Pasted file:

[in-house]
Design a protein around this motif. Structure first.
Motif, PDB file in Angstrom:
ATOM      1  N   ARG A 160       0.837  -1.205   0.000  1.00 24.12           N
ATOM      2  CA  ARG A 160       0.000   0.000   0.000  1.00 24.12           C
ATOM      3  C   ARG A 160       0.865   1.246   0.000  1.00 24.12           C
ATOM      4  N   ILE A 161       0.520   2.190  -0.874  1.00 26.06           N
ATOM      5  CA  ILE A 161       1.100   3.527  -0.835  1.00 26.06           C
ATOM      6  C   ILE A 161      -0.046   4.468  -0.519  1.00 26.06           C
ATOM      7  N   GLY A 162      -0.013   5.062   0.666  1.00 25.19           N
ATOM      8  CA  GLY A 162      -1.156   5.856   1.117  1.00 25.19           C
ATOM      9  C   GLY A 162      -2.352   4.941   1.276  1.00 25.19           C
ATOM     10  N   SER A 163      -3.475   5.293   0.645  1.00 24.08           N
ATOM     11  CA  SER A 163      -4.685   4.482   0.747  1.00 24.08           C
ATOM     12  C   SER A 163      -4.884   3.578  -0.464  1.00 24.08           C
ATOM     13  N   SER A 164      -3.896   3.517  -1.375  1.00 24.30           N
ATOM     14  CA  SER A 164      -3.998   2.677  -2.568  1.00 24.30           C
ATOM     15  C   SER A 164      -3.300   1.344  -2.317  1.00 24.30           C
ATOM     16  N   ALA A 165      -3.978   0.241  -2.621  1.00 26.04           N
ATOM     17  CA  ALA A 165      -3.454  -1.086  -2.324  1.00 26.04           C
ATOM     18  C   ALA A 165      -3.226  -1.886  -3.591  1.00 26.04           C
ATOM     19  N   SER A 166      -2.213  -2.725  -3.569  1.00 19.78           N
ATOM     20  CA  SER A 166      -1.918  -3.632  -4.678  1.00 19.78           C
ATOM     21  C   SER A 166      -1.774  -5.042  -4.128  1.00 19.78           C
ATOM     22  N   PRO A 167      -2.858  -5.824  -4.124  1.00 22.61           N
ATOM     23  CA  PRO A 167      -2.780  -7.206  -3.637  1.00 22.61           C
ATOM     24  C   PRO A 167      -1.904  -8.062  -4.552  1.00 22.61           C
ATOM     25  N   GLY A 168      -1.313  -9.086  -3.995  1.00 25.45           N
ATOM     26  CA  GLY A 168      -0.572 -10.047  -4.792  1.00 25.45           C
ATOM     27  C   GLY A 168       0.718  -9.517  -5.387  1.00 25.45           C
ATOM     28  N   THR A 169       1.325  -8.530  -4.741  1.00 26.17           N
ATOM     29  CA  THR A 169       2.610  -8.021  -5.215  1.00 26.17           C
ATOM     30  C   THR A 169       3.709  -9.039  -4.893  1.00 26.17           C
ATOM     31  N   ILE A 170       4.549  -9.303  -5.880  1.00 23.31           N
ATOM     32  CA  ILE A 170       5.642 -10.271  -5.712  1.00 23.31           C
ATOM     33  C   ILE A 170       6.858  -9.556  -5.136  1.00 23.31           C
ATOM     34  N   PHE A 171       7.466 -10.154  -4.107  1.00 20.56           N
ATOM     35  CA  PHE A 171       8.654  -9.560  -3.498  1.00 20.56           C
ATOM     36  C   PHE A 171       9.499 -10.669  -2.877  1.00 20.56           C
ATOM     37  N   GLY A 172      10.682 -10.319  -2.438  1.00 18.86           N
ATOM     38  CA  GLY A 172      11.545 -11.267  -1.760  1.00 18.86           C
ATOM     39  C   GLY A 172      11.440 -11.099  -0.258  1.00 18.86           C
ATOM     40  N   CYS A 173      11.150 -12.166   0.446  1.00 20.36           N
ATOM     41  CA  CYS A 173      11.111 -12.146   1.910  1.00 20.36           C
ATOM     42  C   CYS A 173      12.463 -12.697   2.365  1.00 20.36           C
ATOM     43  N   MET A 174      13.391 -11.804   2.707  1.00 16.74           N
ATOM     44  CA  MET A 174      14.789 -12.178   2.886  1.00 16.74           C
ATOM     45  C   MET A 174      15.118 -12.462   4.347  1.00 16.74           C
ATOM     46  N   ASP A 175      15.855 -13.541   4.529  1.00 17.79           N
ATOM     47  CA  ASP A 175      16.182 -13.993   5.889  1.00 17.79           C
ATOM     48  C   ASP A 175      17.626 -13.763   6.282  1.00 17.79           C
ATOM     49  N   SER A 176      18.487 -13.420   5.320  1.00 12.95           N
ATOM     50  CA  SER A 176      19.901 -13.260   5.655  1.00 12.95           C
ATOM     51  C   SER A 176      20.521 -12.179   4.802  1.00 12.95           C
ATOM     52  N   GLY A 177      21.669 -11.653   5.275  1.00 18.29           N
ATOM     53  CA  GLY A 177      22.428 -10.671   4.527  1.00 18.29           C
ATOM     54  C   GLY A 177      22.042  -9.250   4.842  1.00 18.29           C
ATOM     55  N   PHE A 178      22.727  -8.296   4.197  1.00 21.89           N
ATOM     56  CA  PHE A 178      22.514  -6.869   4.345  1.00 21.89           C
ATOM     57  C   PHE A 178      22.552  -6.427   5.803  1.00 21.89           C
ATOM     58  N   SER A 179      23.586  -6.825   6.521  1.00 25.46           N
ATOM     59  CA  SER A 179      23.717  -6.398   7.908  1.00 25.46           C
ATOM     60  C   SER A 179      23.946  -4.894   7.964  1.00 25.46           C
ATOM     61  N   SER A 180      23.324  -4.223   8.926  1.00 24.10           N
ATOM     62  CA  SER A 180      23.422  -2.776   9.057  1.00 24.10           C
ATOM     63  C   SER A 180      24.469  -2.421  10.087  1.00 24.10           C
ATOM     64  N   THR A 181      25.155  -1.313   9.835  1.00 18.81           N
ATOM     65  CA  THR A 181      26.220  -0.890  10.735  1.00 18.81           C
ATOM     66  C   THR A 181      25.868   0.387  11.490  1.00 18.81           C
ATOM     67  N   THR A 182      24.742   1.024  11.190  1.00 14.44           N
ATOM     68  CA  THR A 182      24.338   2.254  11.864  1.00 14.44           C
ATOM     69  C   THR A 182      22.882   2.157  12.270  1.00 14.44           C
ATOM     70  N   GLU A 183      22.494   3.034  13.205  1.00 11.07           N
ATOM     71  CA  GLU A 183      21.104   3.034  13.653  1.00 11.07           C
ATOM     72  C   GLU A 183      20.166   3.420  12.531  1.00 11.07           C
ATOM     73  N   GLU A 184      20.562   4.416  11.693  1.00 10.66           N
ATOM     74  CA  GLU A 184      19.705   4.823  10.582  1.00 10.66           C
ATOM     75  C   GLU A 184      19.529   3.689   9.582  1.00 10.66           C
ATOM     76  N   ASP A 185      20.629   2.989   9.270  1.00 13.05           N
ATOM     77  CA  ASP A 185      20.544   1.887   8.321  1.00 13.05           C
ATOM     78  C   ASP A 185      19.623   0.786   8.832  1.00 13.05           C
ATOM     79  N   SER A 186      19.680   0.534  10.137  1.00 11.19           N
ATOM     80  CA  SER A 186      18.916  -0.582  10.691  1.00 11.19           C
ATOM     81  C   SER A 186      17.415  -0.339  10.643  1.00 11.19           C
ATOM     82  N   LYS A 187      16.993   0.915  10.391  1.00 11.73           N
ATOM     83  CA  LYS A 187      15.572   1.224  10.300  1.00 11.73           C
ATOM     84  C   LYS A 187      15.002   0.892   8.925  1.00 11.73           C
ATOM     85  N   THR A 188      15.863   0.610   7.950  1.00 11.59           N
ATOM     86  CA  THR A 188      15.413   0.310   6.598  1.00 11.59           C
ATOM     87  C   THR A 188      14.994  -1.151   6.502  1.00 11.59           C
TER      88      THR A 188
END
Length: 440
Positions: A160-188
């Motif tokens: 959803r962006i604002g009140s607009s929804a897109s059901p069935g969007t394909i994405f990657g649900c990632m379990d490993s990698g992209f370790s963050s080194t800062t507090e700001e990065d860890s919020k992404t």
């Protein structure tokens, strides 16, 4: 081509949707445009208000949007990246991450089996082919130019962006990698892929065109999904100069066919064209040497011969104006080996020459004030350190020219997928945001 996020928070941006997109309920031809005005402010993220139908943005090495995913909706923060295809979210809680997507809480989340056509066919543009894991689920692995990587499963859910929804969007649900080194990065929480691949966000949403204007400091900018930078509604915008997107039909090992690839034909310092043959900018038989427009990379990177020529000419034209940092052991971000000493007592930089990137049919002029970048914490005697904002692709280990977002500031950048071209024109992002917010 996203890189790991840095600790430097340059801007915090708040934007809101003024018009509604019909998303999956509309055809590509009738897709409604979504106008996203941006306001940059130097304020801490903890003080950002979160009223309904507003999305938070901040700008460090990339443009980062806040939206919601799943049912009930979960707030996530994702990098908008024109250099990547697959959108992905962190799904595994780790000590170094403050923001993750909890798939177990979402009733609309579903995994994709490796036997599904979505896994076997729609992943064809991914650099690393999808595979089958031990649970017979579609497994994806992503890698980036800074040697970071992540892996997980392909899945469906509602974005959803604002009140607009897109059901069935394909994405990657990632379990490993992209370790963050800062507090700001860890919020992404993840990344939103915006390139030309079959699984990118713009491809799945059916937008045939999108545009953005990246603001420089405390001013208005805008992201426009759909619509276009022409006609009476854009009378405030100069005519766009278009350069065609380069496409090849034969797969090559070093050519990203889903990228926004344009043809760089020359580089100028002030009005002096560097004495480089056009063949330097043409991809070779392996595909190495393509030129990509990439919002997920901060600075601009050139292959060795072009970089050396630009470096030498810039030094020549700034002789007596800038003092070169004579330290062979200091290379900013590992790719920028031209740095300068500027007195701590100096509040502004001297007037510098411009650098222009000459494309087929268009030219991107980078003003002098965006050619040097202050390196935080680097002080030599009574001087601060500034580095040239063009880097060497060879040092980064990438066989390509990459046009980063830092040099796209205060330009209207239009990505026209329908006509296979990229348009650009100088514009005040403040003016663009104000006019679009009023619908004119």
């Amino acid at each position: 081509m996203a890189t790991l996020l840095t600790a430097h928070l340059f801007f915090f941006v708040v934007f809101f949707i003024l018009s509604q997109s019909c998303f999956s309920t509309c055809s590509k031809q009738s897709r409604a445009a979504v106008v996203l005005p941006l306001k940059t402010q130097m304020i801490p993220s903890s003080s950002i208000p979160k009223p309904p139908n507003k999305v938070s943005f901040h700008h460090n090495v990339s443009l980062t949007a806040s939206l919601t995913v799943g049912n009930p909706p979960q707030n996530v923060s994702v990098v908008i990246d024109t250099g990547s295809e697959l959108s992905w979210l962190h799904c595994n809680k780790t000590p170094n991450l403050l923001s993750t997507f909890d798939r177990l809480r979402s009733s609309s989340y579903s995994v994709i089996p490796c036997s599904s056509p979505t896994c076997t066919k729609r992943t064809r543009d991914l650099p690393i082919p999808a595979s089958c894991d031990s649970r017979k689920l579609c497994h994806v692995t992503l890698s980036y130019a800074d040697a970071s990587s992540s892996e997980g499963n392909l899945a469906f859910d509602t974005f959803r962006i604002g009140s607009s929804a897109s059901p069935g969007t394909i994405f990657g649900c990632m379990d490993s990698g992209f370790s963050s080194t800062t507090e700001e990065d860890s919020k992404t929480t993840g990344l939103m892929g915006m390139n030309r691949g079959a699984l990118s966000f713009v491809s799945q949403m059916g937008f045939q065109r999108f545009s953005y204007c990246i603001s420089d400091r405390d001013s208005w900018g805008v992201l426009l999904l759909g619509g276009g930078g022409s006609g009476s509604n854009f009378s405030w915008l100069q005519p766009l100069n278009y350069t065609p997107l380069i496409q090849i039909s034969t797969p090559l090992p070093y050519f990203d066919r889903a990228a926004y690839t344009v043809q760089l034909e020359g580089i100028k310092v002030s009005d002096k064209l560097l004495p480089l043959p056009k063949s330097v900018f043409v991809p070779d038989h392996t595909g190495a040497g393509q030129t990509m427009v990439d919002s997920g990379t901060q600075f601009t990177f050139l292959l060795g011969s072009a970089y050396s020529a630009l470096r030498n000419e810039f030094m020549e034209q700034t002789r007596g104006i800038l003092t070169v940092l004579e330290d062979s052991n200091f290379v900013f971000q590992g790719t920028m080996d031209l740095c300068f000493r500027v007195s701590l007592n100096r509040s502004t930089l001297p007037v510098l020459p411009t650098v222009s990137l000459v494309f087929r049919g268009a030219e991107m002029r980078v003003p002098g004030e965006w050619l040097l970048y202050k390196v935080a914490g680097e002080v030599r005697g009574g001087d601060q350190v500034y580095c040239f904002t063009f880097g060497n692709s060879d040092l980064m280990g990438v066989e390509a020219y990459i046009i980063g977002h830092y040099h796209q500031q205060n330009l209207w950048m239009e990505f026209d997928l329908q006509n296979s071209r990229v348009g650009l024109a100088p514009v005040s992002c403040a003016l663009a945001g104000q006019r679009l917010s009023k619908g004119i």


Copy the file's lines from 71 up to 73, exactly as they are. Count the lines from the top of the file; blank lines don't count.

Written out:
ATOM     68  CA  THR A 182      24.338   2.254  11.864  1.00 14.44           C
ATOM     69  C   THR A 182      22.882   2.157  12.270  1.00 14.44           C
ATOM     70  N   GLU A 183      22.494   3.034  13.205  1.00 11.07           N